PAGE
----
Okay, here it goes again. This is nothing new. Every new year he says, “I’m going to lose weight! That’s my only New Year resolution and this year I mean it.”
You heard it before and you know what that means. He’ll be insisting you clear out the fridge and cupboards. Get rid of the chips, the cookies, the soda, the beer and the ice cream. He’s going to join the gym. You’re going to be the one who has to get him out of bed at 5am so that he can work out for an hour before going to the office.
He’s going to give you the unwanted duty of becoming his personal diet police.
“You.” he says, “will keep me on track! When I’m about to cheat you need to stop me.”
The first time he orders fried chicken and loaded potato skins, you gently remind him he’s on a diet. He, not-so-gently replies he’s a grown man and doesn’t need his “mother” telling him what to eat.
You take the hint, so when he orders the chocolate molten lava cake for dessert, you don’t say anything. On the way home he complains about how full and crappy he feels. He asks you, “why didn’t you stop me?”
You already know how this will end.
He won’t lose weight and he’ll say it’s your fault. There could even be some fights before he gives up altogether. One fight is because he resents your “treating him like a child,” and another is because, “you should have stopped him before he blew his diet.”
If weight loss is what he wants, you want him to have it. You’re not looking forward to being placed in the position of trying to control his behavior so that he actually stays on track and gets to his goal.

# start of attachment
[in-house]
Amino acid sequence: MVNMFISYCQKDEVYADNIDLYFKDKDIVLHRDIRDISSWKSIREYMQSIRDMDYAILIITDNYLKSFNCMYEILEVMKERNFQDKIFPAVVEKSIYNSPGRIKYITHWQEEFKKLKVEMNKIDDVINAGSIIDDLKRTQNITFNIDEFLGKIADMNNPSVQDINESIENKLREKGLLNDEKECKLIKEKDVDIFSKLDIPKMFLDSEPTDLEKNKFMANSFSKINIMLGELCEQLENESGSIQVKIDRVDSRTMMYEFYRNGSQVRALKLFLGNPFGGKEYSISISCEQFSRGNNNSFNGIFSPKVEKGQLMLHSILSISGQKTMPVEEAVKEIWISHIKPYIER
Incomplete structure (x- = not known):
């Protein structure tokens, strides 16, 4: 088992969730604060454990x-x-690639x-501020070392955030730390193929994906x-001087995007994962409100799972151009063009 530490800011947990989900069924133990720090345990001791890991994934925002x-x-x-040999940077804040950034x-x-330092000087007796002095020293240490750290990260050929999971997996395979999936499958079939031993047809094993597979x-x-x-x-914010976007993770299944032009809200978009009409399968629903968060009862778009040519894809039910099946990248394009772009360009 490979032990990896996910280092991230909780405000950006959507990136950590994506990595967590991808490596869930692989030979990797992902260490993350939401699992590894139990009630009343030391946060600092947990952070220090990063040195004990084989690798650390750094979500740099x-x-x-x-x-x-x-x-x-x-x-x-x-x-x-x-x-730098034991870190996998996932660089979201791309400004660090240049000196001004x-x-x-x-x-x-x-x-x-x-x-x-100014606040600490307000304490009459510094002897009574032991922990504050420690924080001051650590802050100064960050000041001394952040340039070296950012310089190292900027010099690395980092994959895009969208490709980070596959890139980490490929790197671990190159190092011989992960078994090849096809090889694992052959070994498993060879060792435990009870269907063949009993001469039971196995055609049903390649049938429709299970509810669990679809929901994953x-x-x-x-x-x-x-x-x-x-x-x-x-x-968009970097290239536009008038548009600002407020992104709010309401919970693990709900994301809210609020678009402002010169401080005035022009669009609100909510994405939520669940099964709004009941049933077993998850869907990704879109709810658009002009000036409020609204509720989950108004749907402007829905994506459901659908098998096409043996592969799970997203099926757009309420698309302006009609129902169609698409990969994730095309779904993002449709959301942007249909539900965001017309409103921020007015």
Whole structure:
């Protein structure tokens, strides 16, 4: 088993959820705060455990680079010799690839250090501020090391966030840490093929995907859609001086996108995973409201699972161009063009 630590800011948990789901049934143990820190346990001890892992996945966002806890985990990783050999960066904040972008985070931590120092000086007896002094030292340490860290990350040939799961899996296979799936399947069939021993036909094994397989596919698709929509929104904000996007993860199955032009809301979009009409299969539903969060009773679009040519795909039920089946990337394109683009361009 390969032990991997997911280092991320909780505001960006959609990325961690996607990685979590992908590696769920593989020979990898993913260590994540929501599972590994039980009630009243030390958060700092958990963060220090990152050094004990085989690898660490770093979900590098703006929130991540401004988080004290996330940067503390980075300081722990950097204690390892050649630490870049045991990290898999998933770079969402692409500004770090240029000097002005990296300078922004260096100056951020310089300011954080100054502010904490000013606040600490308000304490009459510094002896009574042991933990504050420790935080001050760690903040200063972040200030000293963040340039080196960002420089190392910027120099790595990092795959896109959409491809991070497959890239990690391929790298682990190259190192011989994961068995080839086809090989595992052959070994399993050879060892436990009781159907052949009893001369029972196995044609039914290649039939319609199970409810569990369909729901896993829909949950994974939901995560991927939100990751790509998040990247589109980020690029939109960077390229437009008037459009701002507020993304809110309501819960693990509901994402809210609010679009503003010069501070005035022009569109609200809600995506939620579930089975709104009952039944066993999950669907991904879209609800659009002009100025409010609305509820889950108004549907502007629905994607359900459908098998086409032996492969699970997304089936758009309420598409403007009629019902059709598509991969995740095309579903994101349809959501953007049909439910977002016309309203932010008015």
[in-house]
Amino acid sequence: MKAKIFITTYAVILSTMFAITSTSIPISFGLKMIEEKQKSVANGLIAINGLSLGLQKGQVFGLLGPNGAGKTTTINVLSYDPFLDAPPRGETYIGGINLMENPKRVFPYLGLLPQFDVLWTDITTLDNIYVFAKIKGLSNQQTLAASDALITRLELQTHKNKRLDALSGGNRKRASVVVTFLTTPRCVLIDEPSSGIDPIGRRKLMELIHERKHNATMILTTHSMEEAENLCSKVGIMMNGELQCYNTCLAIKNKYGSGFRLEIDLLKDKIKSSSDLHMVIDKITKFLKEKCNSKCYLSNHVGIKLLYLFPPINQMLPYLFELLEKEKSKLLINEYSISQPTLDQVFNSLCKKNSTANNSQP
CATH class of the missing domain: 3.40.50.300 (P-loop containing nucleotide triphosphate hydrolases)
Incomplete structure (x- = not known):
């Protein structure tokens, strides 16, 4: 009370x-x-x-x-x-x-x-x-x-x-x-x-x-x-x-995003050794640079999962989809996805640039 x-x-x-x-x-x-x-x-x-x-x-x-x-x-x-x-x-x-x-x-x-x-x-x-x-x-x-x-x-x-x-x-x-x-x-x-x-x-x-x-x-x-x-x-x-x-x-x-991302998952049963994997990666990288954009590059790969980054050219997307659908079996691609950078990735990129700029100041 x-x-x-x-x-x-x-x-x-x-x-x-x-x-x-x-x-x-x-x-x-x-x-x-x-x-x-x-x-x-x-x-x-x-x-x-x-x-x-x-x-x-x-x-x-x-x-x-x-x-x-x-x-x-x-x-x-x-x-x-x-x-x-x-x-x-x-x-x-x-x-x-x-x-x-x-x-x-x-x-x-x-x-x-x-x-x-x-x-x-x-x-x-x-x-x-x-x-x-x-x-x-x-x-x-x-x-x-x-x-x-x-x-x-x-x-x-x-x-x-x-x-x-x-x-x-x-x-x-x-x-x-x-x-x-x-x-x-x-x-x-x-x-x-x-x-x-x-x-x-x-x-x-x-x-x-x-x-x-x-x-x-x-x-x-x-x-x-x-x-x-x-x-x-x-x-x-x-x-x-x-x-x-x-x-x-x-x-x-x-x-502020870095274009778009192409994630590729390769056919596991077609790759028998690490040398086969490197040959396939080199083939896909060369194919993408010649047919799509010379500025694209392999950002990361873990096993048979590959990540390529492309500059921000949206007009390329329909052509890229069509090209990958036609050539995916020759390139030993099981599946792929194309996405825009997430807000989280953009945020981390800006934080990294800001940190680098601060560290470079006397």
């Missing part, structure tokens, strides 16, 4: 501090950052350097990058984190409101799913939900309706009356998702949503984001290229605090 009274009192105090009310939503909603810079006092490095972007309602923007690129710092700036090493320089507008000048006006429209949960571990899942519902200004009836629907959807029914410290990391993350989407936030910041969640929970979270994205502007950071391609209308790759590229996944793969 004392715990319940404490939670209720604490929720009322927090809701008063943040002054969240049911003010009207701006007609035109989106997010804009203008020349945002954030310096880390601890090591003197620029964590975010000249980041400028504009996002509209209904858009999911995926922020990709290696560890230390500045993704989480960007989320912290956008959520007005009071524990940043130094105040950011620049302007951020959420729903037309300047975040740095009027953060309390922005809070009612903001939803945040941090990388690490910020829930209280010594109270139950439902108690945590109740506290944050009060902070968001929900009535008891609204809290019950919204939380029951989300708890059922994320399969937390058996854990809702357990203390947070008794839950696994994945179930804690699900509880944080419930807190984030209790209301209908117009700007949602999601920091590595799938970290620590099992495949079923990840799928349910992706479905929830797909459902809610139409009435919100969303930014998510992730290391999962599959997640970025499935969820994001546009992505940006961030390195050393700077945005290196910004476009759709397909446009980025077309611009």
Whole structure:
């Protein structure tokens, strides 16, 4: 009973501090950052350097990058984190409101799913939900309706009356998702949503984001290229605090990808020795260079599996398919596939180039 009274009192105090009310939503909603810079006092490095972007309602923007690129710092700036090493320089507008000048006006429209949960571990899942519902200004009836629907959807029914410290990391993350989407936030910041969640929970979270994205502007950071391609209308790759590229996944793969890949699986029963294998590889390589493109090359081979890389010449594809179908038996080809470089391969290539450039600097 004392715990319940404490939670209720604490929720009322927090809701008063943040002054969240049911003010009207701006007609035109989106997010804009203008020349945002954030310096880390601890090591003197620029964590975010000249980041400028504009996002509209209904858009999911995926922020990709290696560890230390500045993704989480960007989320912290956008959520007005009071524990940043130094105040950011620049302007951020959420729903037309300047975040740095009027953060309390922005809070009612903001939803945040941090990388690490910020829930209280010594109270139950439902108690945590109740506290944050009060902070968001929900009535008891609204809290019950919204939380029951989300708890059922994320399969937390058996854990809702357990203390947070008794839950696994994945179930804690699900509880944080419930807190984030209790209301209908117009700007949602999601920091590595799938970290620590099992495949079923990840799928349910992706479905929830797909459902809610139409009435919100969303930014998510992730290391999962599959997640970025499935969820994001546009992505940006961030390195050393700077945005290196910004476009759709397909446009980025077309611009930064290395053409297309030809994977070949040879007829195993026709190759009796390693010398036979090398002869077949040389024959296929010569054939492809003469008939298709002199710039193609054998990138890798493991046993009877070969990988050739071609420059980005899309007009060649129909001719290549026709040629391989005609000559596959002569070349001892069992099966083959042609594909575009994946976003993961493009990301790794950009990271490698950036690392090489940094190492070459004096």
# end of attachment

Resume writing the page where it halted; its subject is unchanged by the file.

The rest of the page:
There is a way to live with somebody who’s challenged by sticking with a weight loss resolution.
Before I go on, I need to say that women with weight loss resolutions can be just as difficult (or more) as men. The tips apply to either sex.
If you’re asked to help, agree to help, but be firm that this is his project.
You will move food he wants to avoid so it’s not easily accessible, but you aren’t on a diet. If you want chips or ice cream in the house you should have them. Just change how you store them so they’re less visible.
When he announces his gym plans, again, make sure he understands he’s on his own.
If he wants to get up early, that’s fine, and you will not nag him until he gets out of bed. Whether he gets up or doesn’t is his responsibility, not yours.
You aren’t taking responsibility for what he eats. You will help him by moving food that tempts him. If you shop for the household you’ll make sure that he has what he needs for lower-calorie meals and snacks. When you dine out together you are not there to ensure he sticks to his diet.
You will support him but you aren’t responsible for him. If he needs additional support, suggest he check out a Weight Watchers meeting. He’ll not only get a flexible, easy-to-follow food plan, but he’ll discover that creating new, healthier habits is easier when he’s getting support from others who are struggling with the same challenges. They’ll understand and encourage him in a way you can’t.
Weight loss is personal. The more responsibility a “loser” takes for his actions, the more success he’ll have.